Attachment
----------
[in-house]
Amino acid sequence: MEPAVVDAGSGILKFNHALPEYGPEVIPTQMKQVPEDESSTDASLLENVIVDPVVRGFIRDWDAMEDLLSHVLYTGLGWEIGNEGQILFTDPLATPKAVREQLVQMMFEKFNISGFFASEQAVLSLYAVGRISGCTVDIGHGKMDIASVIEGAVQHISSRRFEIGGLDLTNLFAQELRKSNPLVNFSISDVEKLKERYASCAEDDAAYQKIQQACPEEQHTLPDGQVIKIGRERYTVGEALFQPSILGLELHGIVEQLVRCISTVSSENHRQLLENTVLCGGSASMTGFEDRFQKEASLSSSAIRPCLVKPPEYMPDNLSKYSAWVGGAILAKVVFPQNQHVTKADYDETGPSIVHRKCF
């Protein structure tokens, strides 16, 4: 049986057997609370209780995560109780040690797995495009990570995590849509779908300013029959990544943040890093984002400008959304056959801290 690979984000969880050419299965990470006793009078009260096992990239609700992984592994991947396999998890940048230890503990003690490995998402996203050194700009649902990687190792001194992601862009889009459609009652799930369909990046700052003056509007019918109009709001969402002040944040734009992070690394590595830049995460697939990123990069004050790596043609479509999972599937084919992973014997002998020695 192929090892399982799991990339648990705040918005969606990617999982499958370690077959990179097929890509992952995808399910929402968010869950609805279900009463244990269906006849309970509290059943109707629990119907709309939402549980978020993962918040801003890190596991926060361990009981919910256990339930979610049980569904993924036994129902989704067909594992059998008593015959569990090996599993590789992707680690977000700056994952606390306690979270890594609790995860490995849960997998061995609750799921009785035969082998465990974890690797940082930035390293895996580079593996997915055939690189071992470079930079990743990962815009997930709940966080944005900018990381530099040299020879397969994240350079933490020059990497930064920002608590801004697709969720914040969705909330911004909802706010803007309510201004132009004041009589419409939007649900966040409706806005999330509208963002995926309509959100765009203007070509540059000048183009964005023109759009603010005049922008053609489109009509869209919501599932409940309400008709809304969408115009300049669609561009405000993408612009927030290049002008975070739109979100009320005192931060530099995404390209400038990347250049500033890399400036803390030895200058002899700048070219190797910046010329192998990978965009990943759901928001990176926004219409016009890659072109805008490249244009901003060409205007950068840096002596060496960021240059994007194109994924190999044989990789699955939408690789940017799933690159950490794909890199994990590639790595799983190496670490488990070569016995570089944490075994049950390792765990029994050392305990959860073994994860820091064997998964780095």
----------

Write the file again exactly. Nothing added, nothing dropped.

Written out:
[in-house]
Amino acid sequence: MEPAVVDAGSGILKFNHALPEYGPEVIPTQMKQVPEDESSTDASLLENVIVDPVVRGFIRDWDAMEDLLSHVLYTGLGWEIGNEGQILFTDPLATPKAVREQLVQMMFEKFNISGFFASEQAVLSLYAVGRISGCTVDIGHGKMDIASVIEGAVQHISSRRFEIGGLDLTNLFAQELRKSNPLVNFSISDVEKLKERYASCAEDDAAYQKIQQACPEEQHTLPDGQVIKIGRERYTVGEALFQPSILGLELHGIVEQLVRCISTVSSENHRQLLENTVLCGGSASMTGFEDRFQKEASLSSSAIRPCLVKPPEYMPDNLSKYSAWVGGAILAKVVFPQNQHVTKADYDETGPSIVHRKCF
């Protein structure tokens, strides 16, 4: 049986057997609370209780995560109780040690797995495009990570995590849509779908300013029959990544943040890093984002400008959304056959801290 690979984000969880050419299965990470006793009078009260096992990239609700992984592994991947396999998890940048230890503990003690490995998402996203050194700009649902990687190792001194992601862009889009459609009652799930369909990046700052003056509007019918109009709001969402002040944040734009992070690394590595830049995460697939990123990069004050790596043609479509999972599937084919992973014997002998020695 192929090892399982799991990339648990705040918005969606990617999982499958370690077959990179097929890509992952995808399910929402968010869950609805279900009463244990269906006849309970509290059943109707629990119907709309939402549980978020993962918040801003890190596991926060361990009981919910256990339930979610049980569904993924036994129902989704067909594992059998008593015959569990090996599993590789992707680690977000700056994952606390306690979270890594609790995860490995849960997998061995609750799921009785035969082998465990974890690797940082930035390293895996580079593996997915055939690189071992470079930079990743990962815009997930709940966080944005900018990381530099040299020879397969994240350079933490020059990497930064920002608590801004697709969720914040969705909330911004909802706010803007309510201004132009004041009589419409939007649900966040409706806005999330509208963002995926309509959100765009203007070509540059000048183009964005023109759009603010005049922008053609489109009509869209919501599932409940309400008709809304969408115009300049669609561009405000993408612009927030290049002008975070739109979100009320005192931060530099995404390209400038990347250049500033890399400036803390030895200058002899700048070219190797910046010329192998990978965009990943759901928001990176926004219409016009890659072109805008490249244009901003060409205007950068840096002596060496960021240059994007194109994924190999044989990789699955939408690789940017799933690159950490794909890199994990590639790595799983190496670490488990070569016995570089944490075994049950390792765990029994050392305990959860073994994860820091064997998964780095």